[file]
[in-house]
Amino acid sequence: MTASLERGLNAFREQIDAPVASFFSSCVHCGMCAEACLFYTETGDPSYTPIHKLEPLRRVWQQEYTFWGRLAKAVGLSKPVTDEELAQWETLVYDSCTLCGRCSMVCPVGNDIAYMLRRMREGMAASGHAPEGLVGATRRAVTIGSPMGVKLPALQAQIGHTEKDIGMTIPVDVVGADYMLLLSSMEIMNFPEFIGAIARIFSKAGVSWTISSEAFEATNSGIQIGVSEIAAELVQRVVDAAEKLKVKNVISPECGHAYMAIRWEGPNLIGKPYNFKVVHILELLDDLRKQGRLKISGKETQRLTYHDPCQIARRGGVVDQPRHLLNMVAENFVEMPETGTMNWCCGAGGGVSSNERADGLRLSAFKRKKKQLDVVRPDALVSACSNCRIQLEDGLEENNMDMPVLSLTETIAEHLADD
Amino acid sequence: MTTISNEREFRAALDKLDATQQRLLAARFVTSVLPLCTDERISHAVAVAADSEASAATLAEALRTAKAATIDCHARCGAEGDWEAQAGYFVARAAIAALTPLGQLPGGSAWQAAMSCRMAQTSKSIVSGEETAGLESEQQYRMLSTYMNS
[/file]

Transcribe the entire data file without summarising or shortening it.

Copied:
[in-house]
Amino acid sequence: MTASLERGLNAFREQIDAPVASFFSSCVHCGMCAEACLFYTETGDPSYTPIHKLEPLRRVWQQEYTFWGRLAKAVGLSKPVTDEELAQWETLVYDSCTLCGRCSMVCPVGNDIAYMLRRMREGMAASGHAPEGLVGATRRAVTIGSPMGVKLPALQAQIGHTEKDIGMTIPVDVVGADYMLLLSSMEIMNFPEFIGAIARIFSKAGVSWTISSEAFEATNSGIQIGVSEIAAELVQRVVDAAEKLKVKNVISPECGHAYMAIRWEGPNLIGKPYNFKVVHILELLDDLRKQGRLKISGKETQRLTYHDPCQIARRGGVVDQPRHLLNMVAENFVEMPETGTMNWCCGAGGGVSSNERADGLRLSAFKRKKKQLDVVRPDALVSACSNCRIQLEDGLEENNMDMPVLSLTETIAEHLADD
Amino acid sequence: MTTISNEREFRAALDKLDATQQRLLAARFVTSVLPLCTDERISHAVAVAADSEASAATLAEALRTAKAATIDCHARCGAEGDWEAQAGYFVARAAIAALTPLGQLPGGSAWQAAMSCRMAQTSKSIVSGEETAGLESEQQYRMLSTYMNS